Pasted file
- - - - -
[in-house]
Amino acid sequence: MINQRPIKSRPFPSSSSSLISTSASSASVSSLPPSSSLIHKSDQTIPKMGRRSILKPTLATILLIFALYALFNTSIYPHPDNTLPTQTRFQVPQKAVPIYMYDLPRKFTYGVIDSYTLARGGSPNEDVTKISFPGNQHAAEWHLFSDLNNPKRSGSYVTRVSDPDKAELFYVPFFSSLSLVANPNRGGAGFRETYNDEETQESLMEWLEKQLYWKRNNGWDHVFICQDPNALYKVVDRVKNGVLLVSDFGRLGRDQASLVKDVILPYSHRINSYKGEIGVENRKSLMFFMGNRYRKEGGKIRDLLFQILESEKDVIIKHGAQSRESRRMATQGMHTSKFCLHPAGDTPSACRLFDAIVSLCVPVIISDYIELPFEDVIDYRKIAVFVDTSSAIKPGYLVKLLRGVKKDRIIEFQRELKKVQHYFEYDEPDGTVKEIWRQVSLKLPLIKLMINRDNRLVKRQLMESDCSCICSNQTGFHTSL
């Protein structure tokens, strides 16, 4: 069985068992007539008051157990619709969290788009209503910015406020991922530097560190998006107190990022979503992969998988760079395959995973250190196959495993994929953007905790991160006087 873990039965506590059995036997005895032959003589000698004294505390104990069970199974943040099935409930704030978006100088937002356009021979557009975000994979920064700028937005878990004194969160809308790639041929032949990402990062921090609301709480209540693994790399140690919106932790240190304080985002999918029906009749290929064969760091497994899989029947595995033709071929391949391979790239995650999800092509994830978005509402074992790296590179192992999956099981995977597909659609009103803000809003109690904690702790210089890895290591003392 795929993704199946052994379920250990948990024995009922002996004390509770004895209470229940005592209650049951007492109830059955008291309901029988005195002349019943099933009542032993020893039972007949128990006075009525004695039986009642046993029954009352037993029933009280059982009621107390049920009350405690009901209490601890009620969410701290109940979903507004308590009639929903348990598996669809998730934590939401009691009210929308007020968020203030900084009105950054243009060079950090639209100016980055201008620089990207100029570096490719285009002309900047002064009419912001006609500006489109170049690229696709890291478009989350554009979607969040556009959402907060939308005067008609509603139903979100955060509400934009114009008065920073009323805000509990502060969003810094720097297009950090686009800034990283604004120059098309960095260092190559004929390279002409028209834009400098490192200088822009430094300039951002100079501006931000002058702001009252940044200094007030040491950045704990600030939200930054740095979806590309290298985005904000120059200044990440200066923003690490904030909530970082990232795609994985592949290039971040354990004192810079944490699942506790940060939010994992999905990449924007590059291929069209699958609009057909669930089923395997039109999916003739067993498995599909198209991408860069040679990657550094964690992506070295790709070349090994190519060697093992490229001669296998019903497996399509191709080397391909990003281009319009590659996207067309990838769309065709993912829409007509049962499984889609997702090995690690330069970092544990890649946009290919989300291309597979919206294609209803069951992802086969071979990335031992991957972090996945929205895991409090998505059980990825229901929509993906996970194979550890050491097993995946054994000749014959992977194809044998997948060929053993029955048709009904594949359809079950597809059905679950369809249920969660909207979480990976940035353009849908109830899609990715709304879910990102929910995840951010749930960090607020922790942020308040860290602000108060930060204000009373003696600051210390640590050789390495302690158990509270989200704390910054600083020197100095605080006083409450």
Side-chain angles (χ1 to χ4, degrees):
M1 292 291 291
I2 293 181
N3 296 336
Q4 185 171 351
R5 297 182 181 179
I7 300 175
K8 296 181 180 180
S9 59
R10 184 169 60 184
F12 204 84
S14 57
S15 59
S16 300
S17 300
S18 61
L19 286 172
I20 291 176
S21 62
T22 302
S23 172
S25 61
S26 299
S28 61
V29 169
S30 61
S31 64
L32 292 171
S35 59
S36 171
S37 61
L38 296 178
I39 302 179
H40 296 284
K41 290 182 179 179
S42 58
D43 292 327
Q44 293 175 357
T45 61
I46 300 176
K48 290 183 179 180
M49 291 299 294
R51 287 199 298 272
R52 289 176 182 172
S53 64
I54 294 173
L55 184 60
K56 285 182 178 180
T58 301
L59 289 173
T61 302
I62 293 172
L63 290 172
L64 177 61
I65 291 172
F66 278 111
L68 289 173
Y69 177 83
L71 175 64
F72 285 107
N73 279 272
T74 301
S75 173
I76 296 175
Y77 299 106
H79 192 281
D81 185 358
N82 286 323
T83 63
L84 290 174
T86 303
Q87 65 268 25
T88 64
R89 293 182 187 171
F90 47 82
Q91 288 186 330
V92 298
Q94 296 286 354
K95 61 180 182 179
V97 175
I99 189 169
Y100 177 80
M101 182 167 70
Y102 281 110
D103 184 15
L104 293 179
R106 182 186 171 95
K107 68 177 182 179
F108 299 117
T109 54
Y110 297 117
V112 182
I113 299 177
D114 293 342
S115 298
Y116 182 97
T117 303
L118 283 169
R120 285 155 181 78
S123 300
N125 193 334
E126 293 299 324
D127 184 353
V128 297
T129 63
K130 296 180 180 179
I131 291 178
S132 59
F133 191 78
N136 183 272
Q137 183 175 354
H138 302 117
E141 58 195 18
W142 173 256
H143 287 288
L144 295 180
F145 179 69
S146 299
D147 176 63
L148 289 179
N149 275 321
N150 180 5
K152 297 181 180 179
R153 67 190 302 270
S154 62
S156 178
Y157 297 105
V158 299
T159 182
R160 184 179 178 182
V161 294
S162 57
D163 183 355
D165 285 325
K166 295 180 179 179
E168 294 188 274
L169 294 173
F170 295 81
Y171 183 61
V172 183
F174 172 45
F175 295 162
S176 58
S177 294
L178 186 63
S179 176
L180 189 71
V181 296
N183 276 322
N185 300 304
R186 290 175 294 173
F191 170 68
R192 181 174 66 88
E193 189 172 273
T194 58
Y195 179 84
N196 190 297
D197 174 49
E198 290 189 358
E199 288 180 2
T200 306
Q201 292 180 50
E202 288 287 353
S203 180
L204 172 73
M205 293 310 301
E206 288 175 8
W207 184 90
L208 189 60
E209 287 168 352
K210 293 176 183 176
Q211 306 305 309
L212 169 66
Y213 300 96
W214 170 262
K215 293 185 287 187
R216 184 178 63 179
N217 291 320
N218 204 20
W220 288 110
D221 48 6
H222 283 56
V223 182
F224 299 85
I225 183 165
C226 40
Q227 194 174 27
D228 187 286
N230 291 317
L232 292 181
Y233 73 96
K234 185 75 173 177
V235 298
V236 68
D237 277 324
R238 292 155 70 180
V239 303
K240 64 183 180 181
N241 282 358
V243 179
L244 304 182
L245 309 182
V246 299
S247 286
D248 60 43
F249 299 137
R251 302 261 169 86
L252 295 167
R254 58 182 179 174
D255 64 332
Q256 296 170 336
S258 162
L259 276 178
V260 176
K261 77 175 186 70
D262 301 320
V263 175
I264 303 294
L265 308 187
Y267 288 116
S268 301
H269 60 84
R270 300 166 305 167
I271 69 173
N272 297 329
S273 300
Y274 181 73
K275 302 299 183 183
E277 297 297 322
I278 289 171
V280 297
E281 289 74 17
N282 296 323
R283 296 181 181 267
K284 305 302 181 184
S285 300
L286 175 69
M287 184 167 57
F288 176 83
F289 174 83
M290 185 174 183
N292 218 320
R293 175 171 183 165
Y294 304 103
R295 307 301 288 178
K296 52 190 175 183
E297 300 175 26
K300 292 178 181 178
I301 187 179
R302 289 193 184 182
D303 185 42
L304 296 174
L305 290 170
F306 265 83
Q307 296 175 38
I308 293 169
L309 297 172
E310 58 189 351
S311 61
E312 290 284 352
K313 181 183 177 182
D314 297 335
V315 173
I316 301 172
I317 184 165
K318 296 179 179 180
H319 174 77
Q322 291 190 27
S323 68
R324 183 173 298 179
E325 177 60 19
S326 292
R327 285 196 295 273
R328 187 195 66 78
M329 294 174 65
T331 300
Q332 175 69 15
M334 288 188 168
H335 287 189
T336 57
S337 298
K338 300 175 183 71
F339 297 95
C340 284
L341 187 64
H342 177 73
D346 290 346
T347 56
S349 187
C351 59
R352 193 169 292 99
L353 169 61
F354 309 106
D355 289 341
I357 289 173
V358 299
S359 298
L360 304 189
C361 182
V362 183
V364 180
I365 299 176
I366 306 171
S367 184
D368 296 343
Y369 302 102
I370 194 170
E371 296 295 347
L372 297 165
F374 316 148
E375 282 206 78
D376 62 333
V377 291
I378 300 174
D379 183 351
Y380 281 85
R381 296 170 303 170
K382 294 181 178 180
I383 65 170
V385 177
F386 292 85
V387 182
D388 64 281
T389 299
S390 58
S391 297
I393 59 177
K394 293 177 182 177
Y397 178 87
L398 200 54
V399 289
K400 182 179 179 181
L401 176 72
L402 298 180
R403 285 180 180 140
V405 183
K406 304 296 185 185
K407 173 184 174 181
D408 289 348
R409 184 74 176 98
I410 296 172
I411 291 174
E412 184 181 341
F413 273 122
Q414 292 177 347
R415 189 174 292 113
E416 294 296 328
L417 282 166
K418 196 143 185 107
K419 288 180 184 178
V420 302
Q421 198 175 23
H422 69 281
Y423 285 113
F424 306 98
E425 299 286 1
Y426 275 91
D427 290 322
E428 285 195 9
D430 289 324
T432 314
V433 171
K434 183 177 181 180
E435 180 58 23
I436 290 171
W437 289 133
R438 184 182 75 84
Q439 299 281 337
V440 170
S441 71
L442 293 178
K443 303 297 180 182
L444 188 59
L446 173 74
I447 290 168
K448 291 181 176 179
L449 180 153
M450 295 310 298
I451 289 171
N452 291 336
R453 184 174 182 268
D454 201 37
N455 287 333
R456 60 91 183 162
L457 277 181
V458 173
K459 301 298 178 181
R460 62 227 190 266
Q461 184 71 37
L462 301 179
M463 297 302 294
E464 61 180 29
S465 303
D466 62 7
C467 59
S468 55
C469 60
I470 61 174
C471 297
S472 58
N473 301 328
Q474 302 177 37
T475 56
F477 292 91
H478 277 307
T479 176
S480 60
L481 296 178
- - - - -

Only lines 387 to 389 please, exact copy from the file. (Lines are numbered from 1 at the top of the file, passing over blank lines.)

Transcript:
R456 60 91 183 162
L457 277 181
V458 173